Fig. 2
figure 2

Average relative quantities of microfibers released during successive washing (solid lines) and drying (dashed lines) of PET microfiber blanket. Empty circle indicates without additives, filled diamond with detergent, and filled square with detergent and fabric softener

Table 1 Average relative fiber emissions in weight % in 10 consecutive washing/drying experiments of a polyethylene terephthalate microfiber blanket without additives, using detergent, and using detergent and fabric softener. Each value is based on two parallel experiments

The wastewater after filtering contained no visible fibers. To verify the efficiency of a filter with relatively large openings (200 μm) relative to fiber thickness (10 μm), we further filtered two samples of effluent water using a paper filter with 2–3-μm pores. The quantity of collected fiber fragments was very low (we estimate a maximum of several % of the released fibers), but we were not able to quantify it due to large volumes and clogging problems. The fragments were mainly in the 20–200 μm range (Supp. Inf. Fig. S7) with very few long fibers (max. approx. 700 μm). These results show that installation (and maintenance) of a relatively simple and robust filter could prevent most of the emissions.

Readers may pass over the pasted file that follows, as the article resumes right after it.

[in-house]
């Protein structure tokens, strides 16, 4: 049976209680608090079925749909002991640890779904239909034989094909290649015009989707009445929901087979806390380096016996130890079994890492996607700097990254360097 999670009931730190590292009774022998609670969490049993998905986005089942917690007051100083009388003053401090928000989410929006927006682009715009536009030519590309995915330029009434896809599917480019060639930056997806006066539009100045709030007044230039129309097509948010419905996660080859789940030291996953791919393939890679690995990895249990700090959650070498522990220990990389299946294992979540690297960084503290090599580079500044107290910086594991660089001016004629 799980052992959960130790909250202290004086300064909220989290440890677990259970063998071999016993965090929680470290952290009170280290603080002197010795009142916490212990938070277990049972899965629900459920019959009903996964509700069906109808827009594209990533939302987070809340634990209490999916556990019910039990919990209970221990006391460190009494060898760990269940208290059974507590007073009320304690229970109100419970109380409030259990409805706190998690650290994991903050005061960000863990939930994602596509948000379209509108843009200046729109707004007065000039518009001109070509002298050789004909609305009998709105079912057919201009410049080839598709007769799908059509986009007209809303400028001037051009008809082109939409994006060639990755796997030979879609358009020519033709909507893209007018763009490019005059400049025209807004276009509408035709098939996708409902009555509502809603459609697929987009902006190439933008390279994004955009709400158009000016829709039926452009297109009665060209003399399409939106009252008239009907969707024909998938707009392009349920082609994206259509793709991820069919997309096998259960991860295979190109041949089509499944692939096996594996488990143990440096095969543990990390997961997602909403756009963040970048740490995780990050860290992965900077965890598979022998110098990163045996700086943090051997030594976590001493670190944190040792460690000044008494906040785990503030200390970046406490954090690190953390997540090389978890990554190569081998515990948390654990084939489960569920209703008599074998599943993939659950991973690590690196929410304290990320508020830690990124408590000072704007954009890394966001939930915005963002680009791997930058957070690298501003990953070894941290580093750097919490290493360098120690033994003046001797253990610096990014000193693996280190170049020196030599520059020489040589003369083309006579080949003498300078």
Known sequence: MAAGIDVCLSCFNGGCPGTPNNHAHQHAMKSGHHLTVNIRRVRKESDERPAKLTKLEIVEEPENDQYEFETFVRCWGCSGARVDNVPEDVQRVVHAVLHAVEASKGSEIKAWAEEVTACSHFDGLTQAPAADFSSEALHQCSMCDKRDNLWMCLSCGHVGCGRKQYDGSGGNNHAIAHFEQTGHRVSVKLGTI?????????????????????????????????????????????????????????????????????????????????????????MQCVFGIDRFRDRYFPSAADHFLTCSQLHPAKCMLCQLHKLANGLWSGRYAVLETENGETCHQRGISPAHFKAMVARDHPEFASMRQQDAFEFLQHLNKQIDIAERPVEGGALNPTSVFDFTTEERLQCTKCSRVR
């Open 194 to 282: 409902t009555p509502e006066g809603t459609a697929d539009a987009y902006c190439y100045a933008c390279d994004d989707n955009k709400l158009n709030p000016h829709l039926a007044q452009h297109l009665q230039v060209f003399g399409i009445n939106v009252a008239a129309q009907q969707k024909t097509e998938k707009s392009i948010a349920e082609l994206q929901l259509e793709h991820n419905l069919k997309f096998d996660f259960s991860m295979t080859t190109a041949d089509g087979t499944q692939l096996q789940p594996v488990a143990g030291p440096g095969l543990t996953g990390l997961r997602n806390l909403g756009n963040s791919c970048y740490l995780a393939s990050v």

To verify our results, we washed a five-year-old PET fleece jacket. Microfiber release was 0.00111 wt% (no additive), 0.00123 wt% (detergent), and 0.00136 wt% (detergent + softener) giving an average of 0.00123 wt%. This result is in good agreement with our experimental estimate for long-term release obtained with the blankets, confirming it as an acceptable long-term release value.